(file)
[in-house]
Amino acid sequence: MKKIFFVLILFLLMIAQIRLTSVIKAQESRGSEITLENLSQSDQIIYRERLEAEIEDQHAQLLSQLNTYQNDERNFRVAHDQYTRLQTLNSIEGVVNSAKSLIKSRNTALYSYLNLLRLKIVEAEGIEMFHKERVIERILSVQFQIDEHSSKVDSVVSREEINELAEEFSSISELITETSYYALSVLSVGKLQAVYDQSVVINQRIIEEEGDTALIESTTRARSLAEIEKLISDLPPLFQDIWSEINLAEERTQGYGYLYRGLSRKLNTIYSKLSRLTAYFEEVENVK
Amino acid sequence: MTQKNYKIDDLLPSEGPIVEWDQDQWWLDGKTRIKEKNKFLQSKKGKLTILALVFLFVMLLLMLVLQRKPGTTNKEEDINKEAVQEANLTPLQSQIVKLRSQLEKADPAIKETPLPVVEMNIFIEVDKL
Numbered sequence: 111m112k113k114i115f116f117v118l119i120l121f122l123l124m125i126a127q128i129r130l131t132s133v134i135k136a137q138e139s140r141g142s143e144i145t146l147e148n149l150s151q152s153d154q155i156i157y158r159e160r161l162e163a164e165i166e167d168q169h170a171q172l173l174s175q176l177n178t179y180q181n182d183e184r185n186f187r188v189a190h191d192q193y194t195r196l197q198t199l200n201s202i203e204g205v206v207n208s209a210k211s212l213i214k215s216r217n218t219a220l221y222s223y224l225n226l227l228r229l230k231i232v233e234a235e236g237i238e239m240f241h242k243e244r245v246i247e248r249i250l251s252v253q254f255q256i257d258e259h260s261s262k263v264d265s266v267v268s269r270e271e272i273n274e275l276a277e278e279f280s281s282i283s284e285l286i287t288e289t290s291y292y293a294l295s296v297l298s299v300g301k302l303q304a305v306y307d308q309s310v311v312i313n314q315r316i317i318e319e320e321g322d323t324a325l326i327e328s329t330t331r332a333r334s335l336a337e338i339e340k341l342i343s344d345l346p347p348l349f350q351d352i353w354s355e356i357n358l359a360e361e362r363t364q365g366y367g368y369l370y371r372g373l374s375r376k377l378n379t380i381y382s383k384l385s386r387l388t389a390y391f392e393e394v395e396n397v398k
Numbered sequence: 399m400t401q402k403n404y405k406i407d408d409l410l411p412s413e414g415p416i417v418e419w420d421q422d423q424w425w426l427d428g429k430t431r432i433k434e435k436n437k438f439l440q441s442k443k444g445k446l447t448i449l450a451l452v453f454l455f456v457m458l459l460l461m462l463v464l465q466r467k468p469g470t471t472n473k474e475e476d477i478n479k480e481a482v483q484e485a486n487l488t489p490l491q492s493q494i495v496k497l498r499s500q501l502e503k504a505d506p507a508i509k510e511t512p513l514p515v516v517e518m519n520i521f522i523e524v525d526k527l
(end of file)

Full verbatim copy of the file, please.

[in-house]
Amino acid sequence: MKKIFFVLILFLLMIAQIRLTSVIKAQESRGSEITLENLSQSDQIIYRERLEAEIEDQHAQLLSQLNTYQNDERNFRVAHDQYTRLQTLNSIEGVVNSAKSLIKSRNTALYSYLNLLRLKIVEAEGIEMFHKERVIERILSVQFQIDEHSSKVDSVVSREEINELAEEFSSISELITETSYYALSVLSVGKLQAVYDQSVVINQRIIEEEGDTALIESTTRARSLAEIEKLISDLPPLFQDIWSEINLAEERTQGYGYLYRGLSRKLNTIYSKLSRLTAYFEEVENVK
Amino acid sequence: MTQKNYKIDDLLPSEGPIVEWDQDQWWLDGKTRIKEKNKFLQSKKGKLTILALVFLFVMLLLMLVLQRKPGTTNKEEDINKEAVQEANLTPLQSQIVKLRSQLEKADPAIKETPLPVVEMNIFIEVDKL
Numbered sequence: 111m112k113k114i115f116f117v118l119i120l121f122l123l124m125i126a127q128i129r130l131t132s133v134i135k136a137q138e139s140r141g142s143e144i145t146l147e148n149l150s151q152s153d154q155i156i157y158r159e160r161l162e163a164e165i166e167d168q169h170a171q172l173l174s175q176l177n178t179y180q181n182d183e184r185n186f187r188v189a190h191d192q193y194t195r196l197q198t199l200n201s202i203e204g205v206v207n208s209a210k211s212l213i214k215s216r217n218t219a220l221y222s223y224l225n226l227l228r229l230k231i232v233e234a235e236g237i238e239m240f241h242k243e244r245v246i247e248r249i250l251s252v253q254f255q256i257d258e259h260s261s262k263v264d265s266v267v268s269r270e271e272i273n274e275l276a277e278e279f280s281s282i283s284e285l286i287t288e289t290s291y292y293a294l295s296v297l298s299v300g301k302l303q304a305v306y307d308q309s310v311v312i313n314q315r316i317i318e319e320e321g322d323t324a325l326i327e328s329t330t331r332a333r334s335l336a337e338i339e340k341l342i343s344d345l346p347p348l349f350q351d352i353w354s355e356i357n358l359a360e361e362r363t364q365g366y367g368y369l370y371r372g373l374s375r376k377l378n379t380i381y382s383k384l385s386r387l388t389a390y391f392e393e394v395e396n397v398k
Numbered sequence: 399m400t401q402k403n404y405k406i407d408d409l410l411p412s413e414g415p416i417v418e419w420d421q422d423q424w425w426l427d428g429k430t431r432i433k434e435k436n437k438f439l440q441s442k443k444g445k446l447t448i449l450a451l452v453f454l455f456v457m458l459l460l461m462l463v464l465q466r467k468p469g470t471t472n473k474e475e476d477i478n479k480e481a482v483q484e485a486n487l488t489p490l491q492s493q494i495v496k497l498r499s500q501l502e503k504a505d506p507a508i509k510e511t512p513l514p515v516v517e518m519n520i521f522i523e524v525d526k527l